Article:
Expansionary fiscal policy increases output and therefore, income of the people while at the same time it influences increase in interest rates. It will therefore be more effective if the income elasticity of money demand exceeds interest elasticity of money demand (Keynes 2006). This is because the quantity increase in demand for money to be spent will be higher than the quantity decrease in demand for money to be invested and thus the overall effect will be increase in output.
It should be noted that, the final quantity increase in aggregate demand and hence, the increase in output is highly influenced by the quantity decrease in investments as a result of increase in interest rates. The increase in output due to expansionary fiscal policy causes an increase in interest rates which is the cost of investments (Harford 2012).
This in turn leads to decrease in the amount of investments thus, reducing the quantity change in aggregate demand, a process referred to as crowding out effect. If interest elasticity of money demand exceeds income elasticity of money demand, the crowding out effect is large to the extent that it might completely eliminate the increase in output resulting from expansionary fiscal policy (Baumol & Blinder 2011).
The graph above shows IS LM curve of an economy. Expansionary fiscal policy shifts the I1S1 curve to I3S3 increasing both output and interest rates. The increase in interest rates makes investment expensive while non monetary assets become cheap. This leads to decrease in the level of private consumption and specifically investments thus, causing the IS curve to shift leftwards from I3S3 to I2S2 thus reducing the actual output from y3 to y2.
It should be noted that, the leftward shift due to increase in interest rates is high when the interest elasticity of money demand is higher than the income elasticity of money demand, and in such a case it reduces the multiplier effect of fiscal policy. Therefore, the crowding out effect determines the quantity change in output due to expansionary fiscal policy and the higher it is the lower the quantity increase.
Fiscal Policy under Fixed and Floating Exchange Rate System
By operating a fixed exchange rate system, the government is ready to maintain exchange rate at the fixed level using all mechanisms that are available. When an expansionary fiscal policy is pursued in an economy where exchange rate is fixed, it leads to different results compared to a situation where the interest rates are floating (Tucker 2008). Let us first look at a situation where a country operates a fixed exchange rate system and the capital is perfectly mobile.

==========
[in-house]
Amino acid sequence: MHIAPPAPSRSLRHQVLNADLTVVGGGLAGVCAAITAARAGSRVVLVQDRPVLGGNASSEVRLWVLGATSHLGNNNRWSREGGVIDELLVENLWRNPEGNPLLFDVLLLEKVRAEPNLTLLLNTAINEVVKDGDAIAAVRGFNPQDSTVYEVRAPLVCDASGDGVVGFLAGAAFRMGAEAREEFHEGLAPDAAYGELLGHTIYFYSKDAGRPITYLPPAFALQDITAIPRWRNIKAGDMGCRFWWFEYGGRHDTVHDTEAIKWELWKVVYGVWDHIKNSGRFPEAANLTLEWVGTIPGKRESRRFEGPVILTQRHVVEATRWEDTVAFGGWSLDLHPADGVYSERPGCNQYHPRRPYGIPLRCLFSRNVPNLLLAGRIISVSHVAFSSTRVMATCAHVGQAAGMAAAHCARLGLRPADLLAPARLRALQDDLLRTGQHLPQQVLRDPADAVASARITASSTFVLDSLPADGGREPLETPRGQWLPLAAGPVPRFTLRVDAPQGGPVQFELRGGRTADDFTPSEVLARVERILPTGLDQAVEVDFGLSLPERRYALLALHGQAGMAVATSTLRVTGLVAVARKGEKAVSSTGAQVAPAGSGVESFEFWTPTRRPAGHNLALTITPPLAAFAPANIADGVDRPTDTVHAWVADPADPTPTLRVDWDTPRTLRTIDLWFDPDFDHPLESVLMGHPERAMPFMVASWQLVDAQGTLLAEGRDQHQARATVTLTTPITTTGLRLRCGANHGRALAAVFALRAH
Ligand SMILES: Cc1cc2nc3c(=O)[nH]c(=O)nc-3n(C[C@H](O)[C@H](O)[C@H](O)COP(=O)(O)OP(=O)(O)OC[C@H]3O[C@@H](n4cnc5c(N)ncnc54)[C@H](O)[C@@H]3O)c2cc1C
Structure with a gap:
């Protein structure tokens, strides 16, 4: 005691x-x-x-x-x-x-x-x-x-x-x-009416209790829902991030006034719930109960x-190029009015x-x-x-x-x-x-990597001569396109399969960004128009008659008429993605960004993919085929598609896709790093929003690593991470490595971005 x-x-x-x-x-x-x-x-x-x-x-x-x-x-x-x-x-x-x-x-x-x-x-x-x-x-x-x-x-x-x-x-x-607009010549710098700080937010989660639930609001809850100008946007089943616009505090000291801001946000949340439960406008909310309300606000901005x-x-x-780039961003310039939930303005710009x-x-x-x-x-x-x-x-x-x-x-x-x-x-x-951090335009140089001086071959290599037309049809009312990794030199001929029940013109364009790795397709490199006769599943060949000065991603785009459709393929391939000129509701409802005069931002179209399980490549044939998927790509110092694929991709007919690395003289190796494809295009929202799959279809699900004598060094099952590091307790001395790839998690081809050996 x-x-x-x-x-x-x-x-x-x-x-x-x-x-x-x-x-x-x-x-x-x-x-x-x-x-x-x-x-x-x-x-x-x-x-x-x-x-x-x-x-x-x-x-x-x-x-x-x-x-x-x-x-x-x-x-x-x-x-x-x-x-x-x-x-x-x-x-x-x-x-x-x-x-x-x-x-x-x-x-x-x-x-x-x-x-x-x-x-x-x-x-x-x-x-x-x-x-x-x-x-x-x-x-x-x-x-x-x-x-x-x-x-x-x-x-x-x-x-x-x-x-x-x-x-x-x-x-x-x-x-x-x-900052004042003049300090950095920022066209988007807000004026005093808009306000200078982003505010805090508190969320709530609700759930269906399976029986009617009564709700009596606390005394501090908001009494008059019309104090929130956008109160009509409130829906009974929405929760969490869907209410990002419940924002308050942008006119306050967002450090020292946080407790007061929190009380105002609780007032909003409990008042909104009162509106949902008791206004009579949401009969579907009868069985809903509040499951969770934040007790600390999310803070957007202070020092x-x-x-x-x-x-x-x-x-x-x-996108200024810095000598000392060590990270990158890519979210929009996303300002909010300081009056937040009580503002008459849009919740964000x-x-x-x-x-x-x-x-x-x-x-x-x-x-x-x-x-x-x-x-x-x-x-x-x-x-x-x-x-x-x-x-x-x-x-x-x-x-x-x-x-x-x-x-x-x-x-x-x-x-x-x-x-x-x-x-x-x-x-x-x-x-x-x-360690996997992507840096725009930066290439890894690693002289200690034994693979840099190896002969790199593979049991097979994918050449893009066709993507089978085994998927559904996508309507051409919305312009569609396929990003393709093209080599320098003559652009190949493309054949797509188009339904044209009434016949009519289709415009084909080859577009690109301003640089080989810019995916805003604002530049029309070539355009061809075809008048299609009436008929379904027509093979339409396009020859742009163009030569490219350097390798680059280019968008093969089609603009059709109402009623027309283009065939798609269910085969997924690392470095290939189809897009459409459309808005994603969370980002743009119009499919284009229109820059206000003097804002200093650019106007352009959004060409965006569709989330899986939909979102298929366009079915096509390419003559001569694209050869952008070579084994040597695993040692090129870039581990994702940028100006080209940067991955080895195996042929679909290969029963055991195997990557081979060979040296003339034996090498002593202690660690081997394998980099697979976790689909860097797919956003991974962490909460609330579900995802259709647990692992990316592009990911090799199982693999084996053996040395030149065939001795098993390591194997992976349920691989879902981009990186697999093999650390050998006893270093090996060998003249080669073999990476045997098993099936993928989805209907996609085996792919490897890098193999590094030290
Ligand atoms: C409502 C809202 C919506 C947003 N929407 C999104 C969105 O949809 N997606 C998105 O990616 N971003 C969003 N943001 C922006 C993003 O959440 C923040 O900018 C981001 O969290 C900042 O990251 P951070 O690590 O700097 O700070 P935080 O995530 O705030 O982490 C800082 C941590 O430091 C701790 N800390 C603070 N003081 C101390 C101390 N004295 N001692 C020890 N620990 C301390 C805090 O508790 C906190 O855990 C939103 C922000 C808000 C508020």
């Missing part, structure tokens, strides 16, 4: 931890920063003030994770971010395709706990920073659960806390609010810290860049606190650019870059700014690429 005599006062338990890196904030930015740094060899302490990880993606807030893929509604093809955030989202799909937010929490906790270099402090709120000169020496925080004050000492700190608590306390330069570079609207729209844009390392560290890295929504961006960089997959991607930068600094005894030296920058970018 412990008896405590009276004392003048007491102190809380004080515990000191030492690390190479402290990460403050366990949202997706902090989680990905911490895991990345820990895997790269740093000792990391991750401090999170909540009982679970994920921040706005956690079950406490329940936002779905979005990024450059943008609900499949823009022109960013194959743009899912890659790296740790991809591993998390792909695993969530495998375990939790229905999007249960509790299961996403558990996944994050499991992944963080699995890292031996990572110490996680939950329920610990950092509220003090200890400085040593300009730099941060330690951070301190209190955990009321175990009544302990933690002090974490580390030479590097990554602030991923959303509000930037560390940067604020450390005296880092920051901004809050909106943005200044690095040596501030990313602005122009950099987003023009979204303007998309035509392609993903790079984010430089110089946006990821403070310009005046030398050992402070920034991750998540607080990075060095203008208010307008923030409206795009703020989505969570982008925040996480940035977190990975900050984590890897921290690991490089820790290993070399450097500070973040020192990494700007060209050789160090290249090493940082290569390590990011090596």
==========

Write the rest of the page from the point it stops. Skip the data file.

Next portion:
Expansionary fiscal policy will lead to increased aggregate demand hence, shifting the IS curve from I1S1 to I2S2 as shown in the graph above. This will exert pressure on exchange rates to go up, but since the central bank is determined to maintain exchange rate at the current level E*, it increases money supply through open market operations.
Increase in money supply causes the LM curve to shift to the right from LM1 to LM2 therefore pushing aggregate incomes upwards from y1 to y2. Since there is perfect mobility of capital, the capital can easily be transferred to production of commodities whose demand is high.
Let us now consider the outcomes of expansionary fiscal policy in case of a floating exchange rate. Expansionary fiscal policy shifts the IS curve rightwards from IS1 to IS2 as shown in the graph above. As a result, capital inflow increases which in turn increases demand for local currency therefore, increasing exchange rates from e1 to e2 while the aggregate income remains the same.
Therefore, under fixed exchange rate system expansionary fiscal policy has greater effects because it triggers expansionary monetary policy thus, increasing aggregate income even further. It is important to note that, since exchange rate is maintained constant, the problem of crowding out effect is minimized.
Arnold, RA 2010, Macroeconomics, Cengage Learning, Stanford.
Baumol, WJ & Blinder, AS 2011, Macroeconomics: Principles and Policy, Cengage Learning, Stanford.
Froyen, RT 2008, Macroeconomics: Theories and Policies, Prentice Hall, Upper Saddle River.
Gordon, RJ 2008, Macroeconomics, Addison-Wesley, Boston.
Harford, T 2012, The Undercover Economist, Oxford University Press, Oxford.
Keynes, JM 2006, The General Theory of Employment, Interest and Money, Atlantic Publishers, New Delhi.
Mankiw, NG 2011, Essentials of Economics, Cengage Learning, Stanford.
Tucker, I 2008, Economics for Today. Cengage Learning, Stanford.